Super Secret Scroll: Finished!

The scroll is finished, and the title was given this Saturday during court, so I can talk about it now. It’s a Court Barony scroll for Robert de Bray, and it was requested that I include a European dragon of some sort and his coat of arms, all in a vaguely 16th century style. I went through Pinterest looking for suitable medieval depictions of dragons and found this page from a German manuscript (c 1463-1476, so a little early, but I can’t resist a good versal).

Court Barony

I moved the verbal up to the top of the page, to start the words, and made the tail spiral down around the gold bar. I also lengthened the top border to go all the way to the other margin. I calligraphed the words in my standard blacklister gothic hand, but replaced the capitols with painted letters in blue and red, to match the manuscript.
Court Barony

I didn’t use period pigments on this scroll, because of the time consideration. I had two weeks from commission to delivery, and I knew I wasn’t going to be able to re-do it if I ran into a problem. I used store-bought gouache, and the Majestic Gold pigment from Griffin Dyeworks. 
Court Barony

I wanted to include this picture of the coat-of-arms with a ruler for scale. The little dragon is an inch and a half tall. The details were painted with an insanely tiny liner brush. I am very proud of this wee guy, and the whole scroll, for that matter. 
Court Barony


As you may have noticed, I have kind of fallen of the NaBloPoMo wagon. Usually it’s not too bad, but this year I have two blogs, an active two-year-old, and several more commitments than I have had in the past. So I’m giving myself permission to stop. I’ll still be posting multiple times weekly, but I need blogging to be something I’m not stressing out about.

And in the interest of full disclosure, let me share another way I messed up recently. I was working on the giveaway cup cover at a recent event, and got distracted by a bard singing near me, and started embroidering the wrong part of one of the spirals. Out it came. I’ve started that one again, from the base this time.


Infallible Spell: Completed

Since this piece has been received (and approved!) by the commissioner, I can talk about this now. My friend Mel wanted a small piece showing the Infallible Spell for Beauty from CS Lewis’ Voyage of the Dawn Treader.

Only the top part of the text was written in the book. The other words are crappily translated nonsense-Latin based on the spell performed in the movie version. That’s okay, though; it’s the Harry Potter principle. Spells don’t need to be real Latin, they just have to sound it.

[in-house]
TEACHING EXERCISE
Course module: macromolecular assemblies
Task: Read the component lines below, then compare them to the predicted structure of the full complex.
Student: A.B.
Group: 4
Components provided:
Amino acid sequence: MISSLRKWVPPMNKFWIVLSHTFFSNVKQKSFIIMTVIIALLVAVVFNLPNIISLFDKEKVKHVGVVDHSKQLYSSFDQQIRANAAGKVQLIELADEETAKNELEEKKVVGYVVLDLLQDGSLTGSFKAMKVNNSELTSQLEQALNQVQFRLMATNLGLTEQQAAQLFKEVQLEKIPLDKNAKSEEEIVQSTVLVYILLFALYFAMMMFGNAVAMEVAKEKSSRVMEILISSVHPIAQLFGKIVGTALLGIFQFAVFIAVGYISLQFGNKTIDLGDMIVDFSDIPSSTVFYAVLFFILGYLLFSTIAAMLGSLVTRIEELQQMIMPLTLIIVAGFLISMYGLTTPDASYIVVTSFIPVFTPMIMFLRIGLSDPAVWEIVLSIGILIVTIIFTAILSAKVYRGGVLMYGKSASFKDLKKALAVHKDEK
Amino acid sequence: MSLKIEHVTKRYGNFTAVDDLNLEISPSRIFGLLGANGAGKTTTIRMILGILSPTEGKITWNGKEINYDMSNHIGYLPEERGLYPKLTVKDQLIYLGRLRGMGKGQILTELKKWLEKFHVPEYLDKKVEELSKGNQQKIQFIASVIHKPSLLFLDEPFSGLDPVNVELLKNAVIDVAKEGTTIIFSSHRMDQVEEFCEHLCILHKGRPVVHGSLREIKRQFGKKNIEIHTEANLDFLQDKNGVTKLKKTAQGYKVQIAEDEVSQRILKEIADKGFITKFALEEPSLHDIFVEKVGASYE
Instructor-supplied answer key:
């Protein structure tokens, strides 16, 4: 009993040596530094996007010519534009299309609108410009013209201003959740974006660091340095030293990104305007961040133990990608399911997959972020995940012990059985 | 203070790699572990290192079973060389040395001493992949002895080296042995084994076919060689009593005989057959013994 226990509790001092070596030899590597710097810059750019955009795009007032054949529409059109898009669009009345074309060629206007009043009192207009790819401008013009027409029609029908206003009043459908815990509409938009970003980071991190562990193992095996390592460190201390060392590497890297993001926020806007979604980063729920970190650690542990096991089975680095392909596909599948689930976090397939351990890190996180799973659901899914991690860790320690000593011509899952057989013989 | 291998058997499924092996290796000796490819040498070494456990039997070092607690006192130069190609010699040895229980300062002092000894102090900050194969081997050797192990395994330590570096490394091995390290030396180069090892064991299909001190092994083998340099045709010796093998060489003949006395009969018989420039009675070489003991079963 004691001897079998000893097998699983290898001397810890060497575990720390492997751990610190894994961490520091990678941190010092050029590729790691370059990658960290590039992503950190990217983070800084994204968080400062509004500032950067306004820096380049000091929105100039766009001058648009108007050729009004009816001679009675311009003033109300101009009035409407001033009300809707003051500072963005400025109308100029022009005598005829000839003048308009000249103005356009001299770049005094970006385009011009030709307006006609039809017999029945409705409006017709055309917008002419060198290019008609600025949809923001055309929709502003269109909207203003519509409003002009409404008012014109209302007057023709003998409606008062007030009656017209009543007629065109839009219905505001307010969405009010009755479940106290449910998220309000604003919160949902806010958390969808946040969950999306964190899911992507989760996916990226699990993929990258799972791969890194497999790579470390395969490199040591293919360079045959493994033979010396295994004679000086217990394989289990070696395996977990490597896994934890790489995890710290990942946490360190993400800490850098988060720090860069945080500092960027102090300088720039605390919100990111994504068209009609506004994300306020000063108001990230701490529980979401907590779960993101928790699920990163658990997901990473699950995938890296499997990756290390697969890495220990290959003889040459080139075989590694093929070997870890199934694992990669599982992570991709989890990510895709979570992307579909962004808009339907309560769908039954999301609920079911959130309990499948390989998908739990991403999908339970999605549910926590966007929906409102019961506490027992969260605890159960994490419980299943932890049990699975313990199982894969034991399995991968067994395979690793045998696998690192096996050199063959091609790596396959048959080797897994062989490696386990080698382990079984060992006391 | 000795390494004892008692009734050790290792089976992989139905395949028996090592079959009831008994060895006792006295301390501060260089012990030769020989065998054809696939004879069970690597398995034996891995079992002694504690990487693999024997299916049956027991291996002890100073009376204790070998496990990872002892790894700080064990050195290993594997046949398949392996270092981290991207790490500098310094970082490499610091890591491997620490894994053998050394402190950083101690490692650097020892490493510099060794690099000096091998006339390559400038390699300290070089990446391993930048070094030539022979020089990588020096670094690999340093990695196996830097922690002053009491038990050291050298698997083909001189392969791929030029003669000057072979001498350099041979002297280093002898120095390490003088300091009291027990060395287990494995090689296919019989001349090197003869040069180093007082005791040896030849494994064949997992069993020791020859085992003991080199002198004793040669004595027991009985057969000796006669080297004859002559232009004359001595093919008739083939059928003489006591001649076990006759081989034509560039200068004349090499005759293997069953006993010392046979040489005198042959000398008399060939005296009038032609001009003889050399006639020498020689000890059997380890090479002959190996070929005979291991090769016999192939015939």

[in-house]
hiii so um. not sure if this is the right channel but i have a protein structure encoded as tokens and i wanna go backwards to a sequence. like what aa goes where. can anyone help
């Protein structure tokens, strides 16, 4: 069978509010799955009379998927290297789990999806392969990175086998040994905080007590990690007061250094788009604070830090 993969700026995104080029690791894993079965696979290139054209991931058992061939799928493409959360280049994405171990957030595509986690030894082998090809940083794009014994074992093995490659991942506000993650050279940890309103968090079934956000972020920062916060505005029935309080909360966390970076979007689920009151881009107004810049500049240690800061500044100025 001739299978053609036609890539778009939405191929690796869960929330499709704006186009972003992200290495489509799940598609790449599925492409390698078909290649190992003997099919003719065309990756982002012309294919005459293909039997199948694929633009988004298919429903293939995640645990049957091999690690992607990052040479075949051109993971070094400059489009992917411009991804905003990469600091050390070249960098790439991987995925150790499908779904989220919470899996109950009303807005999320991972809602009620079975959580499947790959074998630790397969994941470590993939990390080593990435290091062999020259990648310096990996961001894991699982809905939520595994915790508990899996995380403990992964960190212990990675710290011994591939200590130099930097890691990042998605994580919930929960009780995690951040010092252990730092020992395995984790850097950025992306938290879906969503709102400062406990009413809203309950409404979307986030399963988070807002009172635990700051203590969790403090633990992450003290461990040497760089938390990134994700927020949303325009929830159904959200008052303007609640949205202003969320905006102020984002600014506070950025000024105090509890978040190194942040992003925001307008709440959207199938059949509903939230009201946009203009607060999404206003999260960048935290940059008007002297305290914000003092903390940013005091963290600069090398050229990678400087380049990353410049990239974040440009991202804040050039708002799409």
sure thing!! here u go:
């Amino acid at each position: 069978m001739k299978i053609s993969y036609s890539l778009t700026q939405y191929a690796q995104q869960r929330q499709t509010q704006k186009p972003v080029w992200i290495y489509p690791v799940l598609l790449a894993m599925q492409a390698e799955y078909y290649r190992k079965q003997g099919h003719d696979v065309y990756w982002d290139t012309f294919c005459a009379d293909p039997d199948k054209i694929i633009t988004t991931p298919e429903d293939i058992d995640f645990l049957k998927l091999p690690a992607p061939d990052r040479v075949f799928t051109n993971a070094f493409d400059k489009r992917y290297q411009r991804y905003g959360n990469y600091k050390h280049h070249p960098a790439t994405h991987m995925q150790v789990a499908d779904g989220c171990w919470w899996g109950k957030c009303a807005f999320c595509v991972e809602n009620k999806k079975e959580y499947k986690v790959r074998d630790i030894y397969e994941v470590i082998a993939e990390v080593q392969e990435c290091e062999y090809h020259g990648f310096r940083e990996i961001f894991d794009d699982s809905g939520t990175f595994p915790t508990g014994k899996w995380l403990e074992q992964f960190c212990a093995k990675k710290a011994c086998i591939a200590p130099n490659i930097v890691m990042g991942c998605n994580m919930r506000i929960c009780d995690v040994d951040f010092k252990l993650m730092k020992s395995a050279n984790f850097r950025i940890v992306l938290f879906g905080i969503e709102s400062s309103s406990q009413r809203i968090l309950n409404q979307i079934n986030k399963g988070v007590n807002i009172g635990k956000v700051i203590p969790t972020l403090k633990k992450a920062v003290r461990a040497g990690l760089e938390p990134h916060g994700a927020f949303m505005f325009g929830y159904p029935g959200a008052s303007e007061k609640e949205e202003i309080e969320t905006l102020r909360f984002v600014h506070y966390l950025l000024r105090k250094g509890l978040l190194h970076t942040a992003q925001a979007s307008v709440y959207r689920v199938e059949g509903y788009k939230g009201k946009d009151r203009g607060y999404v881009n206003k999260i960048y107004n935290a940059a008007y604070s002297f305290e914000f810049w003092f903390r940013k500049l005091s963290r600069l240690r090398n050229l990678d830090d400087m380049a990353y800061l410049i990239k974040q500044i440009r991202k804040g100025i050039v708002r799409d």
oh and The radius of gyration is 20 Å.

Infallible Spell

I based this little piece (it’s 5″x7″) on an English Psalter from the latter half of the 15th century.  I had a really great time doing the whitework and shading. I used pigments from Griffin Dyeworks and Scribal Workshop. The gold is an imitation shell-gold (it’s bronze powder, I think) mixed with gum arabic and a little bit of glair.
Infallible Spell

I wanted there to be a representation of Aslan on the page, both because there was one mentioned in the book (he snarls at Lucy for contemplating using the spell) and as a reminder that even if you were use it, he would love you anyway. Infallible Spell

Teal and Orange Bliaut

I finished the teal and orange bliaut. Did I even talk about it here? God, I’m such a bad blogger. Okay, so my friend Cecilie is doing a vow renewal this coming spring, at our local Renaissance Festival, which is Robin Hood themed. So she wants everyone to be dressed in 12th century garb. Since I’m to stand with her as her maid of honor, I needed a dress. And when our Fall Baronial event theme was announced as Legends of the Third Crusade (read: Robin Hood) I knew I had to make a dress for it.

Cecilie and Me. You can see the neckline in this post, which was made by the simple expedient of a slit cut down the center of the dress. It messes with the shoulder/upper arm portion of the dress in a way I hadn’t anticipated, moving everything farther down the shoulder. I love the V it makes, though.


Me all kitted up. I’m wearing a half-cirle wimple underneath my usual oval veil. I kind of love the way it looks. And the colors. And the bit of gathering at my stomach. I need a longer belt to wear with it, though.


A decent picture of my whole silhouette. I got told several times that I looked authentic, which was the best compliment ever. You can see that I’m wearing my basic white smock that I wear under everything. It’s the most versatile piece of clothing I own.


A good shot of the side lacing. The torso isn’t lined, just faced at the collar and the side openings. The eyelets are deliberately placed far apart so that the excess length gathers on my stomach. The only part of the dress that’s lined is the bell part of the sleeves.


Embroidery tests for my bliaut collar. Not I need to get on my embroidery. There will be an embroidered collar and bands around my biceps. I did a couple tests for colors, and I’m liking the green-and-purple swatch best.


Gilding the Lily

I got some new gilding substrate recently, miniatum, and I wanted to test it out. I made a basic ‘a’ letterform, gently raised, to gild. I waited for it to dry, then used some fairly inexpensive Thai gold I got on eBay to test it out.

As you can see, it worked perfectly, resulting in a lustrous mirror shine with only one layer of gold, and minimal burnishing.
I did kind of accidentally gild my finger, though.